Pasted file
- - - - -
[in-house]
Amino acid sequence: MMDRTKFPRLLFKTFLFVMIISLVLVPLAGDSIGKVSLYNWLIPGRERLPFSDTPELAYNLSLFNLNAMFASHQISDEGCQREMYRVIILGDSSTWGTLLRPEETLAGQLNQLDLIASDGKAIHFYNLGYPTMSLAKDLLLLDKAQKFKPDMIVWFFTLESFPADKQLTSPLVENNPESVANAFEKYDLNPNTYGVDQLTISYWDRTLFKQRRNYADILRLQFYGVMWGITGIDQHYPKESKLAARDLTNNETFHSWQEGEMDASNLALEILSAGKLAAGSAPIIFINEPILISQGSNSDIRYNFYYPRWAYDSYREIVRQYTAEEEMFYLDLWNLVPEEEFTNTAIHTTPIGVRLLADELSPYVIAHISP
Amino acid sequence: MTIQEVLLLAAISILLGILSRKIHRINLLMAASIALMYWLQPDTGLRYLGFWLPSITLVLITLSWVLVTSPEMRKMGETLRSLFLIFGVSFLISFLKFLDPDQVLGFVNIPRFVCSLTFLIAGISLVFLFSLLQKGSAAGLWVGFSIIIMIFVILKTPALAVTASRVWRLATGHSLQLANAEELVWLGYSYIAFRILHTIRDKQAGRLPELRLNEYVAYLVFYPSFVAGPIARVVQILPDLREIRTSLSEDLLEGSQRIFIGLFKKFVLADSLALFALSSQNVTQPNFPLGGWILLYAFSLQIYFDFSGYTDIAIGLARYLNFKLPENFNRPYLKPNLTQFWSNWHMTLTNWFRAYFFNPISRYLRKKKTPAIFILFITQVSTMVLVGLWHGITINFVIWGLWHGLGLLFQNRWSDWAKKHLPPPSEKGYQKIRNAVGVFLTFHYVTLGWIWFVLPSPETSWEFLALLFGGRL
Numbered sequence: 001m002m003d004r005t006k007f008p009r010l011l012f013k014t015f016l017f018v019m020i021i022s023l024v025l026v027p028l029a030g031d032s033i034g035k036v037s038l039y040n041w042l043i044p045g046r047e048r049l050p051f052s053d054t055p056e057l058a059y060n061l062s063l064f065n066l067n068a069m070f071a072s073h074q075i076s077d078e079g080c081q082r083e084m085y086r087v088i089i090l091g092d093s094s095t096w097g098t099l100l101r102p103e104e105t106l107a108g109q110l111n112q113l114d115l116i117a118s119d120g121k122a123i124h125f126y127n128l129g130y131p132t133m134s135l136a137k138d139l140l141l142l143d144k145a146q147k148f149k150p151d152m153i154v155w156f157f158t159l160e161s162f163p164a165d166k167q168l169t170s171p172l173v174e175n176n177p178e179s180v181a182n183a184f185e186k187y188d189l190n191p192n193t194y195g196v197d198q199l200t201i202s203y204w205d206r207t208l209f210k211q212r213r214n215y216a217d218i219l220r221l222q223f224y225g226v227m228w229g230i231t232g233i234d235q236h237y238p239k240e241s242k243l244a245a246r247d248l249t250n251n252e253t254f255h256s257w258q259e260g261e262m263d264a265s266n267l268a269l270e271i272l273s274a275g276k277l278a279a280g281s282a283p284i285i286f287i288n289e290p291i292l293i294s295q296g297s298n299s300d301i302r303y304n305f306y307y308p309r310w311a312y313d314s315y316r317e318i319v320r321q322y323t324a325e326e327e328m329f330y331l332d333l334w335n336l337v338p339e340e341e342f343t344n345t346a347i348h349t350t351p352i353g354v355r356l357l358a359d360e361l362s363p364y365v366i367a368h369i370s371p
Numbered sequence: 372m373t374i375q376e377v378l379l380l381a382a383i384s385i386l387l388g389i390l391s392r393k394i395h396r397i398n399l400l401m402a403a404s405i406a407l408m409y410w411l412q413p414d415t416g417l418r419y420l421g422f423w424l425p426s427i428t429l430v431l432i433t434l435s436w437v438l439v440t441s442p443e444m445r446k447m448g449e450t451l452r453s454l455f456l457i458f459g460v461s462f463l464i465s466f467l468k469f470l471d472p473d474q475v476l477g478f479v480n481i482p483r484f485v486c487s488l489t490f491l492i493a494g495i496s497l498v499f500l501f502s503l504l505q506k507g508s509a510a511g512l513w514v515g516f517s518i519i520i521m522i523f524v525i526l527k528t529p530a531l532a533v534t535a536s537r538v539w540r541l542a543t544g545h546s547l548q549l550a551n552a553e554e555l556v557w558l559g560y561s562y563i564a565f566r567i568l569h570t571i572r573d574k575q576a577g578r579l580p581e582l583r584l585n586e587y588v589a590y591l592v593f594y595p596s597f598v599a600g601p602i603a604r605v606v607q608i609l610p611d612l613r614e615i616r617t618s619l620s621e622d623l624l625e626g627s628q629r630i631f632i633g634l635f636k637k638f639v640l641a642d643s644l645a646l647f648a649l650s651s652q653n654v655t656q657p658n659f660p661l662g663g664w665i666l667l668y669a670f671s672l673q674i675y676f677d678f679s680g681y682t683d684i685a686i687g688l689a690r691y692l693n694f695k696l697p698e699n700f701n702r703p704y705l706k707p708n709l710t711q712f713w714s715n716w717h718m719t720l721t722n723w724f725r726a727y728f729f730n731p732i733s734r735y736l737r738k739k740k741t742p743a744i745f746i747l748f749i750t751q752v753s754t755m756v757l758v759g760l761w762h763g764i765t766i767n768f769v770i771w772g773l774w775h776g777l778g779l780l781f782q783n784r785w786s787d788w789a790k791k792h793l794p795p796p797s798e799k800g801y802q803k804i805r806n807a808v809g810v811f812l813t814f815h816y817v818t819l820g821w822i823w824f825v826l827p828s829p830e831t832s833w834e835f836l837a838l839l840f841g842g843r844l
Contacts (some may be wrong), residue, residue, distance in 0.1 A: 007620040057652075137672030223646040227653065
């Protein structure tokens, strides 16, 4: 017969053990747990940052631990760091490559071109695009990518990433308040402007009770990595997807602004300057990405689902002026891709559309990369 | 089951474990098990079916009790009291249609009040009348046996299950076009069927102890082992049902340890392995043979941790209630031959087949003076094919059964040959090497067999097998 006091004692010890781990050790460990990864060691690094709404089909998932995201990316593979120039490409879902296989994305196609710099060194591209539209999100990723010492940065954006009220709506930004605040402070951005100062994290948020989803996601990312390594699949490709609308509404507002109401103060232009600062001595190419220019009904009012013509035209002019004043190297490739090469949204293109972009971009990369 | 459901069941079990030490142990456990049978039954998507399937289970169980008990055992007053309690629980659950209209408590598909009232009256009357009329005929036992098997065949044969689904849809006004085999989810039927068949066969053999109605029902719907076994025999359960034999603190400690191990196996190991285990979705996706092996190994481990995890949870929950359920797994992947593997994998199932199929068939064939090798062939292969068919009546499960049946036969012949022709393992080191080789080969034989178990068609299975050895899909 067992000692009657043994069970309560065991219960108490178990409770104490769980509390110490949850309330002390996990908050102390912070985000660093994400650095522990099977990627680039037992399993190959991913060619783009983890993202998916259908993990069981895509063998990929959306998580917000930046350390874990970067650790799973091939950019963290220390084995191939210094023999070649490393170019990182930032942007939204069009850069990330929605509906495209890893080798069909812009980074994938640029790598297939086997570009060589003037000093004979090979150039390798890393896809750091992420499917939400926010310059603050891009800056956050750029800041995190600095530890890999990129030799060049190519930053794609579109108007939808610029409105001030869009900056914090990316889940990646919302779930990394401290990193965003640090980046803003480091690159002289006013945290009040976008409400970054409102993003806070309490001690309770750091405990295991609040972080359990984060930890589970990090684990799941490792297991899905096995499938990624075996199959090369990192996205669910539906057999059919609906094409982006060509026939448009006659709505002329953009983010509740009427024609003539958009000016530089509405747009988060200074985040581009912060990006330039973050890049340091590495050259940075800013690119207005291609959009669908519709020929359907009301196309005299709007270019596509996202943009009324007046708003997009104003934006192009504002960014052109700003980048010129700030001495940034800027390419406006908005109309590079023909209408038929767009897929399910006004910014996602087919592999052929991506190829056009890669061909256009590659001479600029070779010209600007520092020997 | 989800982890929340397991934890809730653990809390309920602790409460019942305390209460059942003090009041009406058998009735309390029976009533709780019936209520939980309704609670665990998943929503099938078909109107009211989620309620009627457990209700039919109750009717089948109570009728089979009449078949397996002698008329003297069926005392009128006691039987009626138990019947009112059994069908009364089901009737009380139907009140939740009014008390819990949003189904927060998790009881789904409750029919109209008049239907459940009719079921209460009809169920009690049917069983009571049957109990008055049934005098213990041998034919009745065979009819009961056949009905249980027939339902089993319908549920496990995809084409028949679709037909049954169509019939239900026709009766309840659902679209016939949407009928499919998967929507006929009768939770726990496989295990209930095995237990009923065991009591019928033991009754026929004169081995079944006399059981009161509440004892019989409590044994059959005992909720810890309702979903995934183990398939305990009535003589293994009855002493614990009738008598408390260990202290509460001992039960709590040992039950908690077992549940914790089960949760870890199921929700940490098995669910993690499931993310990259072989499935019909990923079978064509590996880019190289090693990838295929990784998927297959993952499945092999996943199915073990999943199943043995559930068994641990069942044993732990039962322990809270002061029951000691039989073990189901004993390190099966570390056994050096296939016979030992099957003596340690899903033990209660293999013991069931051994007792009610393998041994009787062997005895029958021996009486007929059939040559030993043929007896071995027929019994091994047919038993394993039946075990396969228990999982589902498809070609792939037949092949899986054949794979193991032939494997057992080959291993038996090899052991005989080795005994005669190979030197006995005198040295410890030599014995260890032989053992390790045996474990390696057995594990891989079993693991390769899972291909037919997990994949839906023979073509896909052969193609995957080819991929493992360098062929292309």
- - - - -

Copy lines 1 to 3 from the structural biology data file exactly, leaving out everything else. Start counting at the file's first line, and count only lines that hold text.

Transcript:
[in-house]
Amino acid sequence: MMDRTKFPRLLFKTFLFVMIISLVLVPLAGDSIGKVSLYNWLIPGRERLPFSDTPELAYNLSLFNLNAMFASHQISDEGCQREMYRVIILGDSSTWGTLLRPEETLAGQLNQLDLIASDGKAIHFYNLGYPTMSLAKDLLLLDKAQKFKPDMIVWFFTLESFPADKQLTSPLVENNPESVANAFEKYDLNPNTYGVDQLTISYWDRTLFKQRRNYADILRLQFYGVMWGITGIDQHYPKESKLAARDLTNNETFHSWQEGEMDASNLALEILSAGKLAAGSAPIIFINEPILISQGSNSDIRYNFYYPRWAYDSYREIVRQYTAEEEMFYLDLWNLVPEEEFTNTAIHTTPIGVRLLADELSPYVIAHISP
Amino acid sequence: MTIQEVLLLAAISILLGILSRKIHRINLLMAASIALMYWLQPDTGLRYLGFWLPSITLVLITLSWVLVTSPEMRKMGETLRSLFLIFGVSFLISFLKFLDPDQVLGFVNIPRFVCSLTFLIAGISLVFLFSLLQKGSAAGLWVGFSIIIMIFVILKTPALAVTASRVWRLATGHSLQLANAEELVWLGYSYIAFRILHTIRDKQAGRLPELRLNEYVAYLVFYPSFVAGPIARVVQILPDLREIRTSLSEDLLEGSQRIFIGLFKKFVLADSLALFALSSQNVTQPNFPLGGWILLYAFSLQIYFDFSGYTDIAIGLARYLNFKLPENFNRPYLKPNLTQFWSNWHMTLTNWFRAYFFNPISRYLRKKKTPAIFILFITQVSTMVLVGLWHGITINFVIWGLWHGLGLLFQNRWSDWAKKHLPPPSEKGYQKIRNAVGVFLTFHYVTLGWIWFVLPSPETSWEFLALLFGGRL